The mascot of the Predators is Gnash, a blue saber-toothed cat. Introduced in 1998, his trademark includes stunts, such as very fast rappels, zip lines and a pendulum swing that takes him under the scoreboard and just inches off the ice.

Season-by-season recordEdit

File:Nashville Predators Alternate Logo.svg

This is a partial list of the last five seasons completed by the Predators. For the full season-by-season history, see List of Nashville Predators seasons

GP = Games played, W = Wins, L = Losses, T = Ties, OTL = Overtime Losses, Pts = Points, GF = Goals for, GA = Goals against, PIM = Penalties in minutes

Records as of April 7, 2007.

Season GP W L OTL Pts GF GA PIM Finish Playoffs
2005–06 82 49 25 8 106 259 227 1489 2nd, Central Lost in Conference Quarterfinals, 1–4 (Sharks)
2006–07 82 51 23 8 110 272 212 1155 2nd, Central Lost in Conference Quarterfinals, 1–4 (Sharks)
2007–08 82 41 32 9 91 227 224 1015 2nd, Central Lost in Conference Quarterfinals, 2–4 (Red Wings)
2008–09 82 40 34 8 88 207 228 982 5th, Central Did not qualify
2009–10 82 47 29 6 100 225 225 710 3rd, Central Lost in Conference Quarterfinals, 2–4 (Blackhawks)

Notable playersEdit

Current rosterEdit

Template:Nashville Predators roster

Team captainsEdit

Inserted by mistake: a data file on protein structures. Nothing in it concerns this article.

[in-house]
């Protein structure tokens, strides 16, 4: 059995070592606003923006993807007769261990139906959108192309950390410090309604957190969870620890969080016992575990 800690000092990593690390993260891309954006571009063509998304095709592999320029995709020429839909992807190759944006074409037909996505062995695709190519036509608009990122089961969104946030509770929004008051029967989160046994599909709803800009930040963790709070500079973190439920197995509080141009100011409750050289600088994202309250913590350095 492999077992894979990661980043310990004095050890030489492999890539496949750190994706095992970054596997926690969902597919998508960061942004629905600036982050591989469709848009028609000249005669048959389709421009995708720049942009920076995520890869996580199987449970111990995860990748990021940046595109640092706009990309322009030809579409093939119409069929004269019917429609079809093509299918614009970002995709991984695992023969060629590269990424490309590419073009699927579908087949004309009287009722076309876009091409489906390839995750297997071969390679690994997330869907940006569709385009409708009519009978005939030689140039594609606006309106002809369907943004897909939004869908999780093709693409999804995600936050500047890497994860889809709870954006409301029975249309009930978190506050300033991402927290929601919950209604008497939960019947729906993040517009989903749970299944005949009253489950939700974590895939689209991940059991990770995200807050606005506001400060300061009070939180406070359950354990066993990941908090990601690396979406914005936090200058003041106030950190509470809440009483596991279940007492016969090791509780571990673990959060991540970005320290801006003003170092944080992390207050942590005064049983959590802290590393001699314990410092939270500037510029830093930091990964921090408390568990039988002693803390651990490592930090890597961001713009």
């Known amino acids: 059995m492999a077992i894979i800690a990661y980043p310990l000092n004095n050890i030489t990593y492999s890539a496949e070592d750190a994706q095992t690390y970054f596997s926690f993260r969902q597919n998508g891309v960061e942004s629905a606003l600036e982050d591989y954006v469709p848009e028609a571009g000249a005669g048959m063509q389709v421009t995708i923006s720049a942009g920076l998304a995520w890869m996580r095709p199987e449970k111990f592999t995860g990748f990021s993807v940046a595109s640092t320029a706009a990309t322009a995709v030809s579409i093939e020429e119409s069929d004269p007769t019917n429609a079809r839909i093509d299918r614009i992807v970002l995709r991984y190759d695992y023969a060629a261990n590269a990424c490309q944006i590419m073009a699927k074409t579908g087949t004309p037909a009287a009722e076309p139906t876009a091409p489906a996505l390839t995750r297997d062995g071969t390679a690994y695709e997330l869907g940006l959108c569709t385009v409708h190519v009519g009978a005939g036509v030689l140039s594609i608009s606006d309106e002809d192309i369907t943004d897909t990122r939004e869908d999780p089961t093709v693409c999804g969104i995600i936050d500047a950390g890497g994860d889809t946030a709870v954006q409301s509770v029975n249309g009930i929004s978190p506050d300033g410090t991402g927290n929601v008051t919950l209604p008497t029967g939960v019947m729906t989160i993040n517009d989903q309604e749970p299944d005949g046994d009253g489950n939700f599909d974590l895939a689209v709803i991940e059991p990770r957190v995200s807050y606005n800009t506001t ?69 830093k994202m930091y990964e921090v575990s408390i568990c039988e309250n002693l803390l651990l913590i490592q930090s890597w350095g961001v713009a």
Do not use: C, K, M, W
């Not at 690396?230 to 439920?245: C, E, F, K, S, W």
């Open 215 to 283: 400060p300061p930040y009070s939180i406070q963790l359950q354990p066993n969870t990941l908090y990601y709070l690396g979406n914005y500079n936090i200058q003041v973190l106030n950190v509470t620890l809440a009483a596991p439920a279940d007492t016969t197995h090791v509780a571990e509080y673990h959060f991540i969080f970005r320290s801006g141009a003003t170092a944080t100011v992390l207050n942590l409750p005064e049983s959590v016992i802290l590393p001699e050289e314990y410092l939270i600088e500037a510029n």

Honored membersEdit

Hall of Famers: The Predators do not have a Hockey Hall of Fame member from their team.

Retired numbers: The Predators have not retired any numbers. However, Wayne Gretzky's number 99 was retired league-wide at the 2000 NHL All-Star Game on February 6, 2000.

First-round draft picksEdit

Main article: List of Nashville Predators first-round draft picks

Franchise scoring leadersEdit

These are the top-ten point-scorers in franchise history. Figures are updated after each completed NHL regular season.

Pos = Position; GP = Games played; G = Goals; A = Assists; Pts = Points; P/G = Points per game; * = current Predators player

Player Pos GP G A Pts P/G
David Legwand* C 704 152 255 407 .58
Martin Erat* LW 552 123 229 352 .64
Kimmo Timonen D 573 79 222 301 .53
J.P. Dumont* C 318 83 165 248 .78
Scott Walker RW 410 96 151 247 .60
Steve Sullivan* LW 273 90 151 241 .88
Greg Johnson C 502 93 145 238 .47
Jason Arnott C 275 107 122 229 .83
Cliff Ronning C 301 81 145 226 .75
Scott Hartnell LW 436 93 118 211 .48

NHL awards and trophiesEdit

Lester Patrick Trophy

Roger Crozier Saving Grace Award

Bill Masterton Memorial Trophy

Franchise individual recordsEdit

See alsoEdit


External linksEdit